The sea surface temperature data is noisy, being unreflective of the the thermal energy in the oceans because it peaks in July/August due to the river outflow in the northern hemisphere. That fresh water is already warmer than the ocean it enters and it does not mix well due to its lower density.

RickWill
Reply to  Willis Eschenbach
January 6, 2021 9:03 pm

I should have stated Global Ocean – thought it was obvious since I was implying outgassing of CO2 being consistent with water vapour over oceans.

RickWill
Reply to  RickWill
January 6, 2021 9:22 pm

TPW over oceans peaked in July in 2017, 2018 and 2019. So later than the CO2 peak.

Tim Gorman
Reply to  RickWill
January 7, 2021 5:00 am

The data Nature used only includes estimates of man-made CO2. Nothing about oceans or natural CO2. It’s totally understandable that man-made CO2 peaks in May. That’s when construction starts in earnest (i.e. cement making). It may be when transportation also begins to peak, I haven’t researched that. Peak electricity generation is in Dec. and Jan. so I’m not sure why we don’t see any kind of a peak from fossil fuel electricity generation.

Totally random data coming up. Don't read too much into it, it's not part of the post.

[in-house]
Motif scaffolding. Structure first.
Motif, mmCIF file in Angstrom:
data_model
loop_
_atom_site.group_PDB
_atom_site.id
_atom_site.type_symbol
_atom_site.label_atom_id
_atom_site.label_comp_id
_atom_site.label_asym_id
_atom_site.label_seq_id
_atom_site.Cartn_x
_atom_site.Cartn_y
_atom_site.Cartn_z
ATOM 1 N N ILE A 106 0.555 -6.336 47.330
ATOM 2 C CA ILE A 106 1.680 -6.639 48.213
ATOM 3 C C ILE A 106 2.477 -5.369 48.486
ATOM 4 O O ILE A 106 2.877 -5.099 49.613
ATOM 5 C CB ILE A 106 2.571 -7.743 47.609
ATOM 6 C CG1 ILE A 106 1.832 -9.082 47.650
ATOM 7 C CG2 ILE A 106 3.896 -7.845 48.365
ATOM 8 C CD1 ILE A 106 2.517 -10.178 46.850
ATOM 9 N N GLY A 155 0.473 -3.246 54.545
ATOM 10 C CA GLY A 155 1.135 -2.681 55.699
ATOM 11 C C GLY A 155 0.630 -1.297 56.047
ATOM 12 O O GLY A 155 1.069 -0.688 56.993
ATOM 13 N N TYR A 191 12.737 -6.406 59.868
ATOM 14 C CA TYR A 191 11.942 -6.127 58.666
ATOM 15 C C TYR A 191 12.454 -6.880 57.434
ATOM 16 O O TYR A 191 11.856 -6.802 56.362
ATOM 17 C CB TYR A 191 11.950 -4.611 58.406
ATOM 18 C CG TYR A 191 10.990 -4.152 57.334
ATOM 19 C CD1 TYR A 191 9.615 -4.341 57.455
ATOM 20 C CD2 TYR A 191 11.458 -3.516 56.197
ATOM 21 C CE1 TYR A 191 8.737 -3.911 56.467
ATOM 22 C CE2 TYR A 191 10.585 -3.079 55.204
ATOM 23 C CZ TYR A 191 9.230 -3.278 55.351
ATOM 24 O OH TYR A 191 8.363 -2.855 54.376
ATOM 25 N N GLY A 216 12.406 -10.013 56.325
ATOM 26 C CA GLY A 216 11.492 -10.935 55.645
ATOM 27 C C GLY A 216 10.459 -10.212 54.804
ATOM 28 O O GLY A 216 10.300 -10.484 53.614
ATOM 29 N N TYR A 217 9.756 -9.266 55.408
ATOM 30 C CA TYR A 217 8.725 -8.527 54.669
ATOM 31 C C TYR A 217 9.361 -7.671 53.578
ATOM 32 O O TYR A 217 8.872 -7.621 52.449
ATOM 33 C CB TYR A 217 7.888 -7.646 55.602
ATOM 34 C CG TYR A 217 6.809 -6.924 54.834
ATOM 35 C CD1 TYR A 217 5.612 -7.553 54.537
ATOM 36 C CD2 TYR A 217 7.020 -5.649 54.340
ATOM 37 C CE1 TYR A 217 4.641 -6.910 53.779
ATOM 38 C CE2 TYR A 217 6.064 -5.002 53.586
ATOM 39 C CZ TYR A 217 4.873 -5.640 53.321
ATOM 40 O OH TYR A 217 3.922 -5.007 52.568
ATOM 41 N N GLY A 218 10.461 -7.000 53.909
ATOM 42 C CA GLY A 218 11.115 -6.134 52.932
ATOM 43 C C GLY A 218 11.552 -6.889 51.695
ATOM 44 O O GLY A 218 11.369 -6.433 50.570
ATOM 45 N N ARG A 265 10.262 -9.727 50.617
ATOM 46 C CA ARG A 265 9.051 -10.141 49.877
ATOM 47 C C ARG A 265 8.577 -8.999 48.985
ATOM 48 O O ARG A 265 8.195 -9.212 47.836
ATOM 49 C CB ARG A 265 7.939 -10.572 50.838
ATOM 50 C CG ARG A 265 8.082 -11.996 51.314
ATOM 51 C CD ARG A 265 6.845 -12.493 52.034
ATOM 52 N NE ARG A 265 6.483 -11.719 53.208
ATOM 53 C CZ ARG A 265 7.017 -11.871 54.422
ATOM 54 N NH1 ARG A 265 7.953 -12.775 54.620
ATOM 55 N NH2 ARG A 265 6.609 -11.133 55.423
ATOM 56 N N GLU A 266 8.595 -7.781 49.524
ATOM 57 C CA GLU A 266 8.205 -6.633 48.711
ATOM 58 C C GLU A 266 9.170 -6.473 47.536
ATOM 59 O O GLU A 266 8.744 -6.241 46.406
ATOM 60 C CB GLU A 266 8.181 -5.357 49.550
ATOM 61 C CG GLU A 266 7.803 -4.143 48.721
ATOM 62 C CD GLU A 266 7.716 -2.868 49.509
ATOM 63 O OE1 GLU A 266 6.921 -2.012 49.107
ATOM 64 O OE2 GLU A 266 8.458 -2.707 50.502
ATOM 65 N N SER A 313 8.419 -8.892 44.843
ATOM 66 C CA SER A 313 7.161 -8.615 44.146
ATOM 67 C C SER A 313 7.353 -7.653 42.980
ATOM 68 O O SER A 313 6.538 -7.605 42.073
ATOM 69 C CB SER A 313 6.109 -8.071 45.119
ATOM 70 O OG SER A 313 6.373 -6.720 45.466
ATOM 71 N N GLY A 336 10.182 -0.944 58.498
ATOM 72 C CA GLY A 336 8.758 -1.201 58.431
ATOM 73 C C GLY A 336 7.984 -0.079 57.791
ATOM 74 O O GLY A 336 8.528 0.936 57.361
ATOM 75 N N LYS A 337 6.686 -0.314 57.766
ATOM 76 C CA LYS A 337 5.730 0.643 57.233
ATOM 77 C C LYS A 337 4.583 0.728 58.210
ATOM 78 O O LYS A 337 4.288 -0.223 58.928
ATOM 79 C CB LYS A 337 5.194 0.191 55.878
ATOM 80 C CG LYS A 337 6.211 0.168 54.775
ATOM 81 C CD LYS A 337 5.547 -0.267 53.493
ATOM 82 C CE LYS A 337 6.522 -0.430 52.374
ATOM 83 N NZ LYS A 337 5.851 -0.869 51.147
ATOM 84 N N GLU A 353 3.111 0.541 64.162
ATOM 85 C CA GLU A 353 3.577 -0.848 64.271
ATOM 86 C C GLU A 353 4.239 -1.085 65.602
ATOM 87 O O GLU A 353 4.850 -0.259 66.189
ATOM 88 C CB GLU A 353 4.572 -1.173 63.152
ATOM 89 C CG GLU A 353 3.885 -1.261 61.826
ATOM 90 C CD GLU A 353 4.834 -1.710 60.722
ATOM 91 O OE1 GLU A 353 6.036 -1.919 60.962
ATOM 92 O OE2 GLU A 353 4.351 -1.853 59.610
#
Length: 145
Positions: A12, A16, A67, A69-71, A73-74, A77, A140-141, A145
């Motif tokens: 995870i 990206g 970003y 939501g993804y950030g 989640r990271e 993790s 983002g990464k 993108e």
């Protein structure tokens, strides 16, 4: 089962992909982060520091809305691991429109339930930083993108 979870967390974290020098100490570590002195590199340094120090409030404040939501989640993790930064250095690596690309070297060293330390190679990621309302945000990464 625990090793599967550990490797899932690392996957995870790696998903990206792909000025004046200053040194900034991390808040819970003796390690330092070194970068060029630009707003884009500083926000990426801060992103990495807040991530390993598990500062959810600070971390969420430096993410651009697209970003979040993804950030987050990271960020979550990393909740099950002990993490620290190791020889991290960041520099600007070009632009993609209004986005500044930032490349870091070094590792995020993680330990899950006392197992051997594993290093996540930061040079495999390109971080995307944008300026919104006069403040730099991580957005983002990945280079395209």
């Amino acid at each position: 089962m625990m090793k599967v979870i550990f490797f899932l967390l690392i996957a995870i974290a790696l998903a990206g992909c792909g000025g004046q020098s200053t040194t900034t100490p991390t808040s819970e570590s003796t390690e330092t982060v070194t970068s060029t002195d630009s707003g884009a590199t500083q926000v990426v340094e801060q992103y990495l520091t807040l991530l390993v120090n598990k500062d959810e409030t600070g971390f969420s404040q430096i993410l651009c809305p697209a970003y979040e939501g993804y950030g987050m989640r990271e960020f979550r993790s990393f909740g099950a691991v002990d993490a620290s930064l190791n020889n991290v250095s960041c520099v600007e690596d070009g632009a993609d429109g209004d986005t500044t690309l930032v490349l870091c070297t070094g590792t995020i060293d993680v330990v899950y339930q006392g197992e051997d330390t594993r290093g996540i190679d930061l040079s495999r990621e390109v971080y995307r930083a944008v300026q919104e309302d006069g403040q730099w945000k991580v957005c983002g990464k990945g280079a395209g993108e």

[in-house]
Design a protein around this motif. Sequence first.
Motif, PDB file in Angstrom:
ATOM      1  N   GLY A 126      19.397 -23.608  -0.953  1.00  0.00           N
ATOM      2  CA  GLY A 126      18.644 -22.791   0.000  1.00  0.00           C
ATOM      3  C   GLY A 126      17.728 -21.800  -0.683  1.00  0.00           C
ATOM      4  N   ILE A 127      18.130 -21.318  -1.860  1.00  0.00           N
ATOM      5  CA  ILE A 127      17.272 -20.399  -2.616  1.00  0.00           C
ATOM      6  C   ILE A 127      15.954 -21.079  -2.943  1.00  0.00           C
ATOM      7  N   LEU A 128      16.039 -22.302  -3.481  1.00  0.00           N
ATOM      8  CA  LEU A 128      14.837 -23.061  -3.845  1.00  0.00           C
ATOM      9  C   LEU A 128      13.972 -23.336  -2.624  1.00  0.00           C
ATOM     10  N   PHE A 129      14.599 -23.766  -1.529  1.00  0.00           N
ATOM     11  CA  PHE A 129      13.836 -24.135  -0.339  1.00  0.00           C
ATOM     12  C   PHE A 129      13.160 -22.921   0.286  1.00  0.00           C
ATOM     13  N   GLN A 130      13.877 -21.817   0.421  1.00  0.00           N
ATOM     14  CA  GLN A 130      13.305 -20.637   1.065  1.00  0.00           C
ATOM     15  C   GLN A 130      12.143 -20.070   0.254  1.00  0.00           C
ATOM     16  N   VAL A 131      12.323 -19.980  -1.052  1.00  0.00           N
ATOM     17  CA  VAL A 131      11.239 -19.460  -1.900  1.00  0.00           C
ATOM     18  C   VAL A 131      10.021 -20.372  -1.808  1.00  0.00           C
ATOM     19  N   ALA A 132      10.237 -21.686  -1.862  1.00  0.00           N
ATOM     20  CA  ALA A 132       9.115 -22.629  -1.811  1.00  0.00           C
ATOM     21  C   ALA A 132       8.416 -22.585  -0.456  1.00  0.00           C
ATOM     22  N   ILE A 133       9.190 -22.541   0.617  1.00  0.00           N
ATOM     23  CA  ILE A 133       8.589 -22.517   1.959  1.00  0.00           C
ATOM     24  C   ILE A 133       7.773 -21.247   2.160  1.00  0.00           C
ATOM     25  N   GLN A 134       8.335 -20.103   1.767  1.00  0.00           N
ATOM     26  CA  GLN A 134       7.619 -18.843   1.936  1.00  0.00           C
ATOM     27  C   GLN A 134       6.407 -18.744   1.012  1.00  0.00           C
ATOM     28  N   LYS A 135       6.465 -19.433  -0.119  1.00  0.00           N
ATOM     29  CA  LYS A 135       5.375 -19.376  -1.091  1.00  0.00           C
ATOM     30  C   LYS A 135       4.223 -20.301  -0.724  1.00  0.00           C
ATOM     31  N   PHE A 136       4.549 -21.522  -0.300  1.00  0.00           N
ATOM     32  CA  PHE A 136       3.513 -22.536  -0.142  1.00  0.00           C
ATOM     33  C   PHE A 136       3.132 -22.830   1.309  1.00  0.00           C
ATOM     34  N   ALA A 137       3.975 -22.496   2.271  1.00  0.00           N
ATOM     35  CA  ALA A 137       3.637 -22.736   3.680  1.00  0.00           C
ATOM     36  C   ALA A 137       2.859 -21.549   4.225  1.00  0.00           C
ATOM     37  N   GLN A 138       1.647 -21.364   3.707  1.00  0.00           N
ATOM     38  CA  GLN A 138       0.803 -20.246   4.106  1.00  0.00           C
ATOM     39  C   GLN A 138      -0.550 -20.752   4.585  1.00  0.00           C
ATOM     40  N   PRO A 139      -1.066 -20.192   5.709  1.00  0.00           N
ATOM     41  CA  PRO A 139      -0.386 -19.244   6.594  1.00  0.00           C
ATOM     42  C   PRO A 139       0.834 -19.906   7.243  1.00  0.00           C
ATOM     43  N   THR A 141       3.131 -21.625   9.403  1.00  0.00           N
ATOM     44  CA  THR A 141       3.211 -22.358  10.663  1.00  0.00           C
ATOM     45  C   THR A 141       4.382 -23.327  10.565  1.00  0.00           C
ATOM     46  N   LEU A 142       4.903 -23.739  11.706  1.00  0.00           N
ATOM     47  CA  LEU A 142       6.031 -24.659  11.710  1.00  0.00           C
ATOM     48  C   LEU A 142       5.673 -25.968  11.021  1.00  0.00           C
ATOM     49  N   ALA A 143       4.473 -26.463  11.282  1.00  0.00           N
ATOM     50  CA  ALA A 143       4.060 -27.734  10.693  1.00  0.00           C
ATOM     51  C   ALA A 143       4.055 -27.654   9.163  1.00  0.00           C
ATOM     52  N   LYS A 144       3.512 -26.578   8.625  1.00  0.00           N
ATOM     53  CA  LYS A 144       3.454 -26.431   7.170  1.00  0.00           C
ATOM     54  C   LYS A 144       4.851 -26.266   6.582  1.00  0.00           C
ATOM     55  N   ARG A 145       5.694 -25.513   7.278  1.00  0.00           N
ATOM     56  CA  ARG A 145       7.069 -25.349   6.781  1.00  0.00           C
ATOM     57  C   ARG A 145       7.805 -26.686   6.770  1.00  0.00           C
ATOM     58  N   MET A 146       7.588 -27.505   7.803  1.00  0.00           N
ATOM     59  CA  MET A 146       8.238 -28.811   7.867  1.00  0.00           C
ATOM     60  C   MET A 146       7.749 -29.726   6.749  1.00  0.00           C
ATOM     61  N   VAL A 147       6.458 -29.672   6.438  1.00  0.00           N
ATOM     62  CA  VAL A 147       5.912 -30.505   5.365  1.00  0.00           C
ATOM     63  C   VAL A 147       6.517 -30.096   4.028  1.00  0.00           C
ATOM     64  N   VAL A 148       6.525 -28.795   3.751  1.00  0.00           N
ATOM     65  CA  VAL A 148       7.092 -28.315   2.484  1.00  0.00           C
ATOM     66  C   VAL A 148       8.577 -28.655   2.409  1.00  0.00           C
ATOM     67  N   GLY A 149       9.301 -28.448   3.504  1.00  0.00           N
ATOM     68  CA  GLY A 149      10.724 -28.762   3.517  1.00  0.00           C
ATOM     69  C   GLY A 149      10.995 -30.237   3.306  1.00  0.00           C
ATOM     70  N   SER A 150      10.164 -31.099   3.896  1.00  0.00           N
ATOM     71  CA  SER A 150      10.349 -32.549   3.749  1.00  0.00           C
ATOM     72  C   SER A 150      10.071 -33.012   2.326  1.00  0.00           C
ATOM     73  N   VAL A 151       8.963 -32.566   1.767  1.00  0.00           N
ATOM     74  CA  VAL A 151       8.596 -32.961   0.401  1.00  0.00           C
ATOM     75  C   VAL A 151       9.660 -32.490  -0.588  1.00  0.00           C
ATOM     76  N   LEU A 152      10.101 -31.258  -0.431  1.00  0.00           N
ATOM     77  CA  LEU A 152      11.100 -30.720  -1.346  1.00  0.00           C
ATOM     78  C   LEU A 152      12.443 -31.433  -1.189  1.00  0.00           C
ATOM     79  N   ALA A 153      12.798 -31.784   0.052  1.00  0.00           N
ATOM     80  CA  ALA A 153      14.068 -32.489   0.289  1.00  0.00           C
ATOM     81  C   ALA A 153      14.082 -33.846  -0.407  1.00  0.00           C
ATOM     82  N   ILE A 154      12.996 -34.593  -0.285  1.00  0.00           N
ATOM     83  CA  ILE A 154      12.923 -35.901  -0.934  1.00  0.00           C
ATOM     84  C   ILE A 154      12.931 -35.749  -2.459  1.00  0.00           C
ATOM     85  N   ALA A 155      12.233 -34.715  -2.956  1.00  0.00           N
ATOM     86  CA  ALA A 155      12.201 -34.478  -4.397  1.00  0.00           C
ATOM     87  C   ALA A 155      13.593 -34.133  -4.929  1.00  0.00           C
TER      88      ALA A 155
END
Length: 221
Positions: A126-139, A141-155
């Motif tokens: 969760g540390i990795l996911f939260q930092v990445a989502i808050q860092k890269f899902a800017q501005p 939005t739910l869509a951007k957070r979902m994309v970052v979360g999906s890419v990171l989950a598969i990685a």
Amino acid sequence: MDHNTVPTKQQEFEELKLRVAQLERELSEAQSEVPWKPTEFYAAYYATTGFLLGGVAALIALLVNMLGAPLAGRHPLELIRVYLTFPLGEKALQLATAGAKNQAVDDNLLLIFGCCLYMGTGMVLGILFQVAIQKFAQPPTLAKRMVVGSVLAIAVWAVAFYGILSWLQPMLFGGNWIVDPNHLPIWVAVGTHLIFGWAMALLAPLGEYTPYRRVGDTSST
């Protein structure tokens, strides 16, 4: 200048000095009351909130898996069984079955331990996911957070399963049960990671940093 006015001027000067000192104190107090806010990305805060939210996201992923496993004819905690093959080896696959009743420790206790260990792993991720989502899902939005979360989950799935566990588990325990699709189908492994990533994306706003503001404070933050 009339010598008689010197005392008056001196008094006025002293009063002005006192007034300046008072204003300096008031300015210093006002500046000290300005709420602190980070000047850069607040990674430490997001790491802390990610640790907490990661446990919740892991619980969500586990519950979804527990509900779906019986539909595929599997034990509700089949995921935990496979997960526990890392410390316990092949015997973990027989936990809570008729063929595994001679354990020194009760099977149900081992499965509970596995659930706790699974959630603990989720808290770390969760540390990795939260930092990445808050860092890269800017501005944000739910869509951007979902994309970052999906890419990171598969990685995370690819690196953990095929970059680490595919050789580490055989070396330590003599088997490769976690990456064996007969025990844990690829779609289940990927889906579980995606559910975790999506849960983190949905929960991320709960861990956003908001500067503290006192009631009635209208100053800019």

DMA
January 6, 2021 7:09 pm

Ole Humlum at his http://www.climate4you.com/ site has been looking at CO2 in the atmosphere for some time and updates his original paper every month. He opens with this:
 

SHORT SUMMARY OF OBSERVATIONS UNTIL NOVEMBER 2020

1: Observed average global air temperature change last 30 years is about +0.15oC per decade. If this change rate remains stable, additional average global air temperature increase by year 2100 will be about +1.2oC.
2: Tide gauges along coasts indicate a typical global sea level increase of about 1-2 mm/yr. Coastal sea level change rate last 100 year has essentially been stable, without recent acceleration. If change rate remains stable, global sea level at coasts will typically increase 8-16 cm by year 2100, although many locations in regions affected by glaciation 20,000 ago, will experience a relative sea level drop.
3: Since 2004 the global oceans above 1900 m depth on average have warmed about 0.07oC. The maximum warming (about 0.2oC, 0-100 m depth) mainly affects oceans near Equator, where the incoming solar radiation is at maximum.
4: Changes in atmospheric CO2 follow changes in global air temperature. Changes in global air temperature follow changes in ocean surface temperature.
5: There is no perceptible effect on atmospheric CO2 due to the COVID-related drop in GHG emissions. Natural sinks and sources for atmospheric CO2 far outweigh human contributions.